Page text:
Vesper and evening bats (Family Verspertilionidae) are a diverse group (about 350 living species) that has a nearly global distribution (being absent only in polar regions, on some oceanic islands and in harsher desert climates). Vespertilionids often have been included with molossids, mystacinids, myzopodids, thyropterids, furipterids and natalids in the superfamily Vespertilionoidea (Koopman, 1994), but many other variations of the superfamily exist (e.g., Simmons, 1998; Jones et al., 2002; Hoofer and Van Den Bussche, 2003; Hoofer et al., 2003; Horáček et al., 2006; Miller-Butterworth et al., 2007). Our prime focus in this chapter is on two subfamilies of the Vespertilionidae, Vespertilioninae and Myotinae, as defined by Simmons (2005).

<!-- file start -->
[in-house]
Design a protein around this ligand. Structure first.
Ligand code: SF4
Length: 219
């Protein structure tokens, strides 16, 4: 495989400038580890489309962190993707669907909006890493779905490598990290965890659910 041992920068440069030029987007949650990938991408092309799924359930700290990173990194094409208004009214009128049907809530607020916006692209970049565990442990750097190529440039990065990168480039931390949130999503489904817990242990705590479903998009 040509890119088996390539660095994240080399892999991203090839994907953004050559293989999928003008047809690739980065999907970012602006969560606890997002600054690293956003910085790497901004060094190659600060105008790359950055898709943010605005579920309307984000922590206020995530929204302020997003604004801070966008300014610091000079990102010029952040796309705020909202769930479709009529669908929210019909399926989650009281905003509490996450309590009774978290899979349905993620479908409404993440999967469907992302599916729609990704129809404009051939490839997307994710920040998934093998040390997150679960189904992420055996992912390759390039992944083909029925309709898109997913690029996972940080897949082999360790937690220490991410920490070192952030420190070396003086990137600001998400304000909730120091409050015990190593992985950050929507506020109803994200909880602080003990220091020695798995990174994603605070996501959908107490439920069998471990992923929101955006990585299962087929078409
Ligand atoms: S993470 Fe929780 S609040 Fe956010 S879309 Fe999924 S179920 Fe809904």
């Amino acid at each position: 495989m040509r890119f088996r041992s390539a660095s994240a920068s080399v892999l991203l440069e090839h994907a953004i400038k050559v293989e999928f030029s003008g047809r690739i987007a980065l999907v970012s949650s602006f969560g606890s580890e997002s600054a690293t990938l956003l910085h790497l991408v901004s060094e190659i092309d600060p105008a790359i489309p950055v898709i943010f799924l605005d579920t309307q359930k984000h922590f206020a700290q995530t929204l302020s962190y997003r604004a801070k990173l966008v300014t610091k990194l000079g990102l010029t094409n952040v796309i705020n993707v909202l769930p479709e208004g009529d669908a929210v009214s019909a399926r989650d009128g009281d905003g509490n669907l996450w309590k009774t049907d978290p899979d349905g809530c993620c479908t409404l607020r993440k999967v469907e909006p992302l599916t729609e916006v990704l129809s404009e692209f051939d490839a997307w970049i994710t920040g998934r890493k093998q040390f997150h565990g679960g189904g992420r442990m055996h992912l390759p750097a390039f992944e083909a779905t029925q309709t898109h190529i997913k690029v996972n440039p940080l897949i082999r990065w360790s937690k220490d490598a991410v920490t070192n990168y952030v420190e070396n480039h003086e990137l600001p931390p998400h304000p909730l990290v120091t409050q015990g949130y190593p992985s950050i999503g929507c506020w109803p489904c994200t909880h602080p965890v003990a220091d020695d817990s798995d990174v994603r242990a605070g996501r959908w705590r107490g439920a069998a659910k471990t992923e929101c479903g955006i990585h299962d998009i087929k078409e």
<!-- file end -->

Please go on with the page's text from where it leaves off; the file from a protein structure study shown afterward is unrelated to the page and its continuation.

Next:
Osteologically, the basic dichotomy between myotines and vespertilionines can be typified by differing patterns of dental morphology. All myotines share myotodont lower molar morphology, in which the postcristid extends to the entoconid and isolates the hypoconulid (as opposed to nyctalodonty where the postcristid extends to the hypoconulid and does not reach the entoconid). Myotines also share the presence of three premolars, with the middle premolar being reduced. Some vespertilionines have myotodont lower molars, but only a few exhibit both myotodonty and the retention of three premolars (e.g., Plecotus and Idionycteris). No vespertilionines have the middle premolar reduced. Recent phylogenetic analyses suggest that all vespertilionines are far removed from myotines (e.g., Hoofer and Van Den Bussche, 2003), implying that any shared morphological similarities are likely to be convergences.